AbstractAn innovative prototype intelligent wheelchair was created to test novel algorithms to help disabled wheelchair users navigate through an unstructured environment. Local planning methods were selected to assist in steering. a simple, on-board expert system attempted to find a suitable trajectory that was close to the route requested but which moved away from close objects. The algorithms were weighted by the wishes of the user. If the expert system detected that the user was unsure or inconsistent, the on-board expert was given more importance in the selection of the wheelchair route. The expert system could be over-ridden by the user if the user was consistent in the use of the joystick.
The prototype intelligent wheelchair could detect the environment, modify wheelchair control data and detect the wishes of the user. Decisions were made by the expert system and pre-planned responses could be activated.
Autonomous operation of the prototype intelligent wheelchair was demonstrated during tests. A micro-controller was embedded into the wheelchair control path. Information was read from the joystick and new sensor system and signals were sent to the wheelchair controller. The raw sensor data were processed to improve the reliability of the range data by mapping the sensor data onto a histogram certainty grid.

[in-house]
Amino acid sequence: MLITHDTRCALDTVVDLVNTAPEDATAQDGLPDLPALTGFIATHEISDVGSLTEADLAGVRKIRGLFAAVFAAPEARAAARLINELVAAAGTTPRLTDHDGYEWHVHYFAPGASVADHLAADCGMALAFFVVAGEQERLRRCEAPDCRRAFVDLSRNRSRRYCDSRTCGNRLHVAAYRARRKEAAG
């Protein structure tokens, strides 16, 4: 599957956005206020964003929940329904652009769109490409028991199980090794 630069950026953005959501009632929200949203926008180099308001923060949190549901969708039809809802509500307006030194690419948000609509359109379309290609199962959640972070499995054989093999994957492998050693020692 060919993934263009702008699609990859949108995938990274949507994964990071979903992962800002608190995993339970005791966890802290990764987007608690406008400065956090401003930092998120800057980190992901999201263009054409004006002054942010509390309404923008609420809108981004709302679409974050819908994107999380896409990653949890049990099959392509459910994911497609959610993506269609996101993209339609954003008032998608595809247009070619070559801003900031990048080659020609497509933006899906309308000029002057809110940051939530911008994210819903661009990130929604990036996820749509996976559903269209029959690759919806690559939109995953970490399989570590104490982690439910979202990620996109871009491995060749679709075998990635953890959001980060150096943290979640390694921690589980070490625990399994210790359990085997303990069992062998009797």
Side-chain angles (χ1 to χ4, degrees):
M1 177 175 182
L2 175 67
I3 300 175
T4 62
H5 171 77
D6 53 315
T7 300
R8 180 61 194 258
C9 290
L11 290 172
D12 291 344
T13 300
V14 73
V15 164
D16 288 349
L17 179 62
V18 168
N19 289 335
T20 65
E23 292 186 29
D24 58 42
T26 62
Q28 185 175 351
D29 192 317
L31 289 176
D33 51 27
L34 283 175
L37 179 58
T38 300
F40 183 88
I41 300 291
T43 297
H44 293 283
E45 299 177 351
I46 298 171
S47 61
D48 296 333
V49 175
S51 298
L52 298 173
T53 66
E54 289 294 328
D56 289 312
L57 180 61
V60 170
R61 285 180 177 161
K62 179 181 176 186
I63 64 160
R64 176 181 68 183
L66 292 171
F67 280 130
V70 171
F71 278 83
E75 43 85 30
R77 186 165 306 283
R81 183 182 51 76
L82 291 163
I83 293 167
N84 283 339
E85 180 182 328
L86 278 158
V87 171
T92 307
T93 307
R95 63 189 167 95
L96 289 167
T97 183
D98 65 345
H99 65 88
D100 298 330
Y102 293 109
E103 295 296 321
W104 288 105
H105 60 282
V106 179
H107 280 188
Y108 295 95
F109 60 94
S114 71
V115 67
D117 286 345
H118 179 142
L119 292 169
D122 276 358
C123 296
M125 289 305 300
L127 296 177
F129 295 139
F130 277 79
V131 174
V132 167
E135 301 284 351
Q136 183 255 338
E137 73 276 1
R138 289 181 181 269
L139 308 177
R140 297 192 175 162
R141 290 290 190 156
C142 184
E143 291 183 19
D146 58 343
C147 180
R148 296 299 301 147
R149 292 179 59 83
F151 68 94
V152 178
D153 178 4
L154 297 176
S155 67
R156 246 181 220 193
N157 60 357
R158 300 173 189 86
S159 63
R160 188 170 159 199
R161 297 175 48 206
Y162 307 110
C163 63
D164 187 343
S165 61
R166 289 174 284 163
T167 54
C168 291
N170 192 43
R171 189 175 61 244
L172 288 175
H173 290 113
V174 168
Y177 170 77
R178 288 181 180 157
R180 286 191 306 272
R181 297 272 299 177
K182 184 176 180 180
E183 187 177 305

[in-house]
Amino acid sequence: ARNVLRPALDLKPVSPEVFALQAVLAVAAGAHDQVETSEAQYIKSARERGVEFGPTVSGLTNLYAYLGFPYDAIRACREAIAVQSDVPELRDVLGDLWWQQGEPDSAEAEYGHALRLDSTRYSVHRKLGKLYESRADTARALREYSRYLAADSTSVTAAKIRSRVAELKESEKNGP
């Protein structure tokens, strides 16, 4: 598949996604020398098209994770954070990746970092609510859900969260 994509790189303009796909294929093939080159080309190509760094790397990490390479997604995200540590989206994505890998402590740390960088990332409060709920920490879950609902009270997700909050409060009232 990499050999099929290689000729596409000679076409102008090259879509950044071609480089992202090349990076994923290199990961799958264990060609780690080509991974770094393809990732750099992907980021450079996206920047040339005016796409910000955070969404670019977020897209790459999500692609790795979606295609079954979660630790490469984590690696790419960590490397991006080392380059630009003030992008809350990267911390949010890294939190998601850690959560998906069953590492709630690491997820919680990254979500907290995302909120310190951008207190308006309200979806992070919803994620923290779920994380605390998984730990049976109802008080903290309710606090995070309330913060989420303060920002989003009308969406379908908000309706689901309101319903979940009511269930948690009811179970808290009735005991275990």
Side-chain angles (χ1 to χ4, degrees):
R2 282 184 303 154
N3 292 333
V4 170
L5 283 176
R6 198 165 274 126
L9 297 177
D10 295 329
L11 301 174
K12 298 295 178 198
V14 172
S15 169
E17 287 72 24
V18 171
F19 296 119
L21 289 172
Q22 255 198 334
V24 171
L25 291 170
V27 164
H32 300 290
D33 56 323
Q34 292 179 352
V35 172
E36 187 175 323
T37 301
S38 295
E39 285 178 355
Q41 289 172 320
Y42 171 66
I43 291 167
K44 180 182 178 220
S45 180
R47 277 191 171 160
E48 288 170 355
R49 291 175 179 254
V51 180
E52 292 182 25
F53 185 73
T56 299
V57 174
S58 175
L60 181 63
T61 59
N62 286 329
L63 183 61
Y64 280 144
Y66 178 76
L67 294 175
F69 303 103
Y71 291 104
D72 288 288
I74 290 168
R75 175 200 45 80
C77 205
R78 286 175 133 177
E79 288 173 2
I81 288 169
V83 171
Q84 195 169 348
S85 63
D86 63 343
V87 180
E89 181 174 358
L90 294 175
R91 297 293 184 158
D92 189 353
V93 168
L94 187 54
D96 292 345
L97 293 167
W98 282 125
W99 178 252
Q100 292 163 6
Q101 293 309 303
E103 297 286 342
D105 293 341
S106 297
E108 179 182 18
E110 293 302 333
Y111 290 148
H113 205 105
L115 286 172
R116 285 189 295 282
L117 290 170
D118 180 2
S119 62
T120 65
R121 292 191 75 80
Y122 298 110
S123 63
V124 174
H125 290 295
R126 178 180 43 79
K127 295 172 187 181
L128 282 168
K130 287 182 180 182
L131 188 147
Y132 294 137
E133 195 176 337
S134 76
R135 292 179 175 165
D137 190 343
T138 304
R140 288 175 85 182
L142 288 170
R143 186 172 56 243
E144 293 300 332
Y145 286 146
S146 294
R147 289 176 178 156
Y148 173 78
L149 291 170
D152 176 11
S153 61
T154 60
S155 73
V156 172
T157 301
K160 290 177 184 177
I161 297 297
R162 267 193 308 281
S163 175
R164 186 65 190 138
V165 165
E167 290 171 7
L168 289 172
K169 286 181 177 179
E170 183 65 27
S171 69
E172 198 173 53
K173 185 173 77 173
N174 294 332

The intelligent wheelchair created during this work augmented the control that the disabled user of the wheelchair could provide. It was important that the expert system operated in real time in order to assist the user. There were two real time inputs; the user input and the sensors. The user indicated a speed and direction for the wheelchair. The sensors gathered information about the environment. A sensor expert system then analysed the sensor information and made a recommendation for a path that would prevent collisions. The data inputs sometimes conflicted. Another expert, called Fuzzy Mixer considered both inputs and was responsible for the final outputs to the motor controller. the joystick monitor expert was responsible for interpreting the wishes of the user. Variables such as the joystick position and consistency were examined by the joystick monitor to assess the desired wheelchair trajectory.The prototype intelligent wheelchair was tested in the laboratory. It was self-contained which allowed realistic testing without the burden or restriction of trailing umbilical cables. Obstacles were placed in the path of the wheelchair and the response was encouraging.
|Date of Award||May 2002|
|Supervisor||David Sanders (Supervisor) & Giles Tewkesbury (Supervisor)|